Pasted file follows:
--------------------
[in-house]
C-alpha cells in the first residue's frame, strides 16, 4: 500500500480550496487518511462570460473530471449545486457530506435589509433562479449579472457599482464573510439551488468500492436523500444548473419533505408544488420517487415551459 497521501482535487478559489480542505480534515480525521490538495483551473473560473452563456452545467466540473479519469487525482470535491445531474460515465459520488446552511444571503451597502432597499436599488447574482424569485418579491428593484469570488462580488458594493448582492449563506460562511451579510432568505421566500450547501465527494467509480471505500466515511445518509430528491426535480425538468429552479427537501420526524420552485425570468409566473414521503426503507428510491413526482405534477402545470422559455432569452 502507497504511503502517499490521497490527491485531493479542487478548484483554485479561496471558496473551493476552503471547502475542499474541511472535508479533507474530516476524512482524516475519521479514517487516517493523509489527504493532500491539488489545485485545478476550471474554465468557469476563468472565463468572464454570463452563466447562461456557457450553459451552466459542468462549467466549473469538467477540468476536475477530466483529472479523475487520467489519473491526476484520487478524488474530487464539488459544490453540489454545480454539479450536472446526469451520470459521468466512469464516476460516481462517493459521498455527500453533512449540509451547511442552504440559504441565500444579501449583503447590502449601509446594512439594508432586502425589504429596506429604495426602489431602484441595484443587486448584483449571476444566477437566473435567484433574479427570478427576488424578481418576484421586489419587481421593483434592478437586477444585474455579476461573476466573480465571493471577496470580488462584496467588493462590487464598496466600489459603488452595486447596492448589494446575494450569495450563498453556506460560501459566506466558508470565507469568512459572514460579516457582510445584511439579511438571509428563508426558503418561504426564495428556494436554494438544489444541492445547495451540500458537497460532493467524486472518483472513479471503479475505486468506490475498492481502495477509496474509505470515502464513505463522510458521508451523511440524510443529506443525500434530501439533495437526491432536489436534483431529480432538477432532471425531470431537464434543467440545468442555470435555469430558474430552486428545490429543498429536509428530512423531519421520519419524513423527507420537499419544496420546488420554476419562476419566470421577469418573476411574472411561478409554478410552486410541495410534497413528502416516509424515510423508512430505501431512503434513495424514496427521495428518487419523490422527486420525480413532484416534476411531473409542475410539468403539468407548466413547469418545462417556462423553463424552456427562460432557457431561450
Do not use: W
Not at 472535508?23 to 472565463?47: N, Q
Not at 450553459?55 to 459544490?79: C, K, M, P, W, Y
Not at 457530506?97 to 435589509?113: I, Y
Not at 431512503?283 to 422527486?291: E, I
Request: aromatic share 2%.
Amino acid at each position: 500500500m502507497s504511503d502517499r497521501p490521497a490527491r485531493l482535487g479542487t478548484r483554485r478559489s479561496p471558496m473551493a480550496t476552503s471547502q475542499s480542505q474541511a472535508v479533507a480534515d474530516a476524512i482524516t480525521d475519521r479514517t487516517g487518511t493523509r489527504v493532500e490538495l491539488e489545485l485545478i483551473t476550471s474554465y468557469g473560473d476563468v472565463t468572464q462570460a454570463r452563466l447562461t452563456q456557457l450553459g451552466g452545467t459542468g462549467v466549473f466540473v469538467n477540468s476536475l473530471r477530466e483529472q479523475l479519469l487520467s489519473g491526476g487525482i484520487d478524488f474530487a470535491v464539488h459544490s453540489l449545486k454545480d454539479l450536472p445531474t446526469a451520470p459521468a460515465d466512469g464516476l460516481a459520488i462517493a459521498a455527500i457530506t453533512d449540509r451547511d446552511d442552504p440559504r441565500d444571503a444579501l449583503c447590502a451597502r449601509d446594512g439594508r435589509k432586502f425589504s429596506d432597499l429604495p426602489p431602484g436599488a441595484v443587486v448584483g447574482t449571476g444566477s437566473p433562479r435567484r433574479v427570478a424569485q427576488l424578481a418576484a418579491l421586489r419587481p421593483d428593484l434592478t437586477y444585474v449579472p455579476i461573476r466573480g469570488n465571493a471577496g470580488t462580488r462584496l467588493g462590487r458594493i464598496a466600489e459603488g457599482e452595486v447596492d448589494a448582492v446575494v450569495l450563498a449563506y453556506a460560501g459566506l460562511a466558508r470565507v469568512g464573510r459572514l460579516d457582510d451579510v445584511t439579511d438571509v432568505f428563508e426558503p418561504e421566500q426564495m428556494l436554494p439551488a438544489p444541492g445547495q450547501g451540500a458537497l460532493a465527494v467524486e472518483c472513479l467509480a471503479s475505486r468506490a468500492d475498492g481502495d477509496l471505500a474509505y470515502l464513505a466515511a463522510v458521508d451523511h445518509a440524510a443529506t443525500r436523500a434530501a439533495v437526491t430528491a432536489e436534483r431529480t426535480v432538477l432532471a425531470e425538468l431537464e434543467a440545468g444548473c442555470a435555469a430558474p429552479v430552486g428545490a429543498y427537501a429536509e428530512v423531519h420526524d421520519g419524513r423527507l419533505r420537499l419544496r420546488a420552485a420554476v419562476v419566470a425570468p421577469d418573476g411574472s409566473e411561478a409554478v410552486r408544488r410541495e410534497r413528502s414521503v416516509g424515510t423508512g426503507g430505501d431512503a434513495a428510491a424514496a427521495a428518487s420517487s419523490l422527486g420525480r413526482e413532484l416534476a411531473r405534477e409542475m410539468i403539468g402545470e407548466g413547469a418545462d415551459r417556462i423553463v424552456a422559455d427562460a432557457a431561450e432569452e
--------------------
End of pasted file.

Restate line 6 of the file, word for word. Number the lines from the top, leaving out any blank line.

Not at 457530506?97 to 435589509?113: I, Y